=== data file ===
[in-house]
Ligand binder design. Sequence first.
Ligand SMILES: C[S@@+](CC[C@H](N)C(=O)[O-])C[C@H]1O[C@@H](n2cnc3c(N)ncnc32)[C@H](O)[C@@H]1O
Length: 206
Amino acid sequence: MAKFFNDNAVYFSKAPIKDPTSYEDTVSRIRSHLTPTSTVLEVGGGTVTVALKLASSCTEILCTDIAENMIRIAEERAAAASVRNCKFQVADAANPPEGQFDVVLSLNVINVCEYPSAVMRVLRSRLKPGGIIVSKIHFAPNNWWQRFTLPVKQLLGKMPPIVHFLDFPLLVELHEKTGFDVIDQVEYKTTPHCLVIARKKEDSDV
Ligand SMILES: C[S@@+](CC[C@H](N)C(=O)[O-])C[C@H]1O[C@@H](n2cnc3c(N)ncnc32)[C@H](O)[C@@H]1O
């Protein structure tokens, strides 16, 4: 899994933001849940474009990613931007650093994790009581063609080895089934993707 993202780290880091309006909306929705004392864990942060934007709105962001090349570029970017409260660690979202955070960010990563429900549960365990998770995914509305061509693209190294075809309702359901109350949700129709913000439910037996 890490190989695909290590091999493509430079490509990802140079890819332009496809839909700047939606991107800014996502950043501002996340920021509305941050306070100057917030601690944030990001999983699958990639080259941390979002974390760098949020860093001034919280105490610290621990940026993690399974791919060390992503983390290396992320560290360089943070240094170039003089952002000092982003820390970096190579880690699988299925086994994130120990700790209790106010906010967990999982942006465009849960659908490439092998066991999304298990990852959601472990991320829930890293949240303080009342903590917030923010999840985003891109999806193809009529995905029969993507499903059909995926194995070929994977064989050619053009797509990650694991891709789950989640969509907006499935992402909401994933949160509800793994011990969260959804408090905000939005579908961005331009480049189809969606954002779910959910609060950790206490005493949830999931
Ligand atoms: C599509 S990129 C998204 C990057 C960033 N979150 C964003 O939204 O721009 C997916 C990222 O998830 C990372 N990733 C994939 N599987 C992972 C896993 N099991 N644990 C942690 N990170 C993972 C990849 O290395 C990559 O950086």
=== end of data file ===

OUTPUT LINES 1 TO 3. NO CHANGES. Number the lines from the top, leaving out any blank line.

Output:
[in-house]
Ligand binder design. Sequence first.
Ligand SMILES: C[S@@+](CC[C@H](N)C(=O)[O-])C[C@H]1O[C@@H](n2cnc3c(N)ncnc32)[C@H](O)[C@@H]1O